4. Michigan vs. USC: Two of the sport’s traditional heavyweights have faced each other eight times in the Rose Bowl Game Presented by Vizio, but only twice during the regular season -- in 1957 and 1958.
The Trojans won the last three meetings in the Rose Bowl, 32-18 in 2007, 28-14 in 2004 and 17-10 in 1990. USC has won six of the past seven meetings overall and holds a 6-4 advantage all-time.
We might have seen this matchup during the regular season if a Big Ten/Pac-12 scheduling partnership hadn’t fallen apart in 2012.
5. Georgia vs. Florida State: UGA coach Mark Richt was a longtime assistant under legendary FSU coach Bobby Bowden before taking over the Bulldogs, and he recently poached defensive coordinator Jeremy Pruitt off the Seminoles’ staff.
The Bulldogs and Seminoles go head-to-head for a lot of recruits every year, and Florida State coach Jimbo Fisher upgraded his roster by effectively recruiting South Georgia and Atlanta.
The Bulldogs and Seminoles have played 11 times and only once since 1984 -- UGA defeated FSU 26-13 in the 2003 Sugar Bowl. Georgia leads the all-time series, 6-4-1.
A vacant sign would be the best representation of the Sooners backup quarterback spot with Blake Bell's move to tight end and Kendal Thompson's decision to transfer to Utah.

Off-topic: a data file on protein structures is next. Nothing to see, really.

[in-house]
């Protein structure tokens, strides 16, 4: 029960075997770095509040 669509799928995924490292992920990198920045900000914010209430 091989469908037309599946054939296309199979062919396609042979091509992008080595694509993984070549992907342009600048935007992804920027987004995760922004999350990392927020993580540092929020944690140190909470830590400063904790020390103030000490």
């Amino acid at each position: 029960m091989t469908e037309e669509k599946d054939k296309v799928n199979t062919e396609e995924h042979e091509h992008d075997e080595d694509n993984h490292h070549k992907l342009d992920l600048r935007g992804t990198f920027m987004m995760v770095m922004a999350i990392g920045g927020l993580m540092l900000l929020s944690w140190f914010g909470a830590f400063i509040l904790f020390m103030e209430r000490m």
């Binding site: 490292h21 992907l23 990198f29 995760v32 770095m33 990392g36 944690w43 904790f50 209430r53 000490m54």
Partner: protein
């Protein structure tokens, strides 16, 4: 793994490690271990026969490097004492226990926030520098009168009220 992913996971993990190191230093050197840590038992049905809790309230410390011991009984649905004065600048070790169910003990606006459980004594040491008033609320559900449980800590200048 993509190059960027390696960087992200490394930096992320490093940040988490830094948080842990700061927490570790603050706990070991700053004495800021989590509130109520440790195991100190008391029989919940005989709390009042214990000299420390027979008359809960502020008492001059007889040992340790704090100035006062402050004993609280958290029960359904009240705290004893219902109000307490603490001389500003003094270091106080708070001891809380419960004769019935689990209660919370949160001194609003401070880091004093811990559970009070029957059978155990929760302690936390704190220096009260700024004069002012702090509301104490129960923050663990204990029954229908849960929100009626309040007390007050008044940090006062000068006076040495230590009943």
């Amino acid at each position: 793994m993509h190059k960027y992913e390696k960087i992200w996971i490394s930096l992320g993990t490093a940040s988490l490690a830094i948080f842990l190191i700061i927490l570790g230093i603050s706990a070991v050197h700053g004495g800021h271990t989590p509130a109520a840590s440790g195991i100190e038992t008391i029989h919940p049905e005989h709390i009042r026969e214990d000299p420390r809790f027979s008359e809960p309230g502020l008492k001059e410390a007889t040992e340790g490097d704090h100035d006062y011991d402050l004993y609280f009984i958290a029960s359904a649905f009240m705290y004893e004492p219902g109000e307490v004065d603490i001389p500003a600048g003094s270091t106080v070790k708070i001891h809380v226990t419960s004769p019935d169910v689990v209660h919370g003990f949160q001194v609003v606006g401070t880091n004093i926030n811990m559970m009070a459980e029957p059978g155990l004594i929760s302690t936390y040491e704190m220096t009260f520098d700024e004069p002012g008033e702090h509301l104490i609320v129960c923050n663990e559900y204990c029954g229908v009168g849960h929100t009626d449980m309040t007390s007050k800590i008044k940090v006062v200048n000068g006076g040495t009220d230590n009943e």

“It’s opened that window of opportunity for him to get those reps, and I’m sure it will be the most a guy like that’s been able to get [at OU],” head coach Bob Stoops said. “But watching Justice work out, he fits the part of being here and belonging, so we’ll be excited to get him those snaps and seeing how he does.”
Questions about Thomas tend to revolve around his ability to juggle his football and baseball duties. He was solid while running the scout team last fall but will have to manage his time well to excel behind center this spring.
“Coach Pete [Hughes] and Josh [Heupel], they’ve already communicated really well through the winter,” Stoops said. “We want him to have success at both and I know they want him to have it too. So we’ll do the best we can to manage it. So far, it hasn’t been a problem.”
Three practices into the spring, the Sooners feel positive about the progress of Hansen and Thomas alongside Texas Tech transfer Baker Mayfield, who is ineligible to play this fall but has already made a strong impression in crimson and cream.
“Justice being here, Cody being involved in spring practice, those guys have done a lot of good things,” co-offensive coordinator Jay Norvell said. “They’ve taken their understanding to a new level and [are] spreading the ball around. We’re going to need more than one quarterback to play well for us to win games. Those guys have made some good strides in three days.”
No battle for a backup spot on the depth chart is more important in Norman, Okla., this spring. The nightmare scenario for the Sooners would be watching an injury to Knight derail what could have been a national title run in the fall.